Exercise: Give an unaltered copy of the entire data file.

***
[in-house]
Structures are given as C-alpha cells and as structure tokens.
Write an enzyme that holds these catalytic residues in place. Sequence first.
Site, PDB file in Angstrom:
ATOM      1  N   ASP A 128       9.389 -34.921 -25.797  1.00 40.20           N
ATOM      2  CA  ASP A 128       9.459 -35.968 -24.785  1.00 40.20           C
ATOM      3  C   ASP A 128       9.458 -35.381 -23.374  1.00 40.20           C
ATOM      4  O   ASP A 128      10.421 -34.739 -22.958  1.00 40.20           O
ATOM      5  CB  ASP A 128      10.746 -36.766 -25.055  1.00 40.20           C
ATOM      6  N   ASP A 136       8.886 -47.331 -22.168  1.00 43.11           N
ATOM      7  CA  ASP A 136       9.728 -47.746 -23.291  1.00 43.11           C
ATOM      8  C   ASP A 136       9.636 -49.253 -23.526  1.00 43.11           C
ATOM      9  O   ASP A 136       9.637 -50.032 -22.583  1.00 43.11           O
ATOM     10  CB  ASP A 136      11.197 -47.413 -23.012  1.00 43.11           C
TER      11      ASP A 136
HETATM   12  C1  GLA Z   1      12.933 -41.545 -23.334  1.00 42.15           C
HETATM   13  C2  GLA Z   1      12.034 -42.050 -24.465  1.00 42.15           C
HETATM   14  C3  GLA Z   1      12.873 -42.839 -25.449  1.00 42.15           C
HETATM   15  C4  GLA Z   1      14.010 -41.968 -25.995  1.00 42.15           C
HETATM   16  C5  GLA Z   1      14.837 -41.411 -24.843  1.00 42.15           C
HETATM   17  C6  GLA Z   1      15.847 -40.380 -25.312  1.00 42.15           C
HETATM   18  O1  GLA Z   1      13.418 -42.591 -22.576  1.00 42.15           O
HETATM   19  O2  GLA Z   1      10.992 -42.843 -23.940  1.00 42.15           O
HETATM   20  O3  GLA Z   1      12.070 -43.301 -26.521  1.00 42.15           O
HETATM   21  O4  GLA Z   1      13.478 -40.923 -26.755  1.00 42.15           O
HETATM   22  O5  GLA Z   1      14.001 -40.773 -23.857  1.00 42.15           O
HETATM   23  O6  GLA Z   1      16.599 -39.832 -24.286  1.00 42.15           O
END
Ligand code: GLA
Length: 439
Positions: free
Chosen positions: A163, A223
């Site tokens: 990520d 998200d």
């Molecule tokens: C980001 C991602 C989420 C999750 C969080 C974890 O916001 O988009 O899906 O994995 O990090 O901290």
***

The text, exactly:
[in-house]
Structures are given as C-alpha cells and as structure tokens.
Write an enzyme that holds these catalytic residues in place. Sequence first.
Site, PDB file in Angstrom:
ATOM      1  N   ASP A 128       9.389 -34.921 -25.797  1.00 40.20           N
ATOM      2  CA  ASP A 128       9.459 -35.968 -24.785  1.00 40.20           C
ATOM      3  C   ASP A 128       9.458 -35.381 -23.374  1.00 40.20           C
ATOM      4  O   ASP A 128      10.421 -34.739 -22.958  1.00 40.20           O
ATOM      5  CB  ASP A 128      10.746 -36.766 -25.055  1.00 40.20           C
ATOM      6  N   ASP A 136       8.886 -47.331 -22.168  1.00 43.11           N
ATOM      7  CA  ASP A 136       9.728 -47.746 -23.291  1.00 43.11           C
ATOM      8  C   ASP A 136       9.636 -49.253 -23.526  1.00 43.11           C
ATOM      9  O   ASP A 136       9.637 -50.032 -22.583  1.00 43.11           O
ATOM     10  CB  ASP A 136      11.197 -47.413 -23.012  1.00 43.11           C
TER      11      ASP A 136
HETATM   12  C1  GLA Z   1      12.933 -41.545 -23.334  1.00 42.15           C
HETATM   13  C2  GLA Z   1      12.034 -42.050 -24.465  1.00 42.15           C
HETATM   14  C3  GLA Z   1      12.873 -42.839 -25.449  1.00 42.15           C
HETATM   15  C4  GLA Z   1      14.010 -41.968 -25.995  1.00 42.15           C
HETATM   16  C5  GLA Z   1      14.837 -41.411 -24.843  1.00 42.15           C
HETATM   17  C6  GLA Z   1      15.847 -40.380 -25.312  1.00 42.15           C
HETATM   18  O1  GLA Z   1      13.418 -42.591 -22.576  1.00 42.15           O
HETATM   19  O2  GLA Z   1      10.992 -42.843 -23.940  1.00 42.15           O
HETATM   20  O3  GLA Z   1      12.070 -43.301 -26.521  1.00 42.15           O
HETATM   21  O4  GLA Z   1      13.478 -40.923 -26.755  1.00 42.15           O
HETATM   22  O5  GLA Z   1      14.001 -40.773 -23.857  1.00 42.15           O
HETATM   23  O6  GLA Z   1      16.599 -39.832 -24.286  1.00 42.15           O
END
Ligand code: GLA
Length: 439
Positions: free
Chosen positions: A163, A223
């Site tokens: 990520d 998200d």
């Molecule tokens: C980001 C991602 C989420 C999750 C969080 C974890 O916001 O988009 O899906 O994995 O990090 O901290």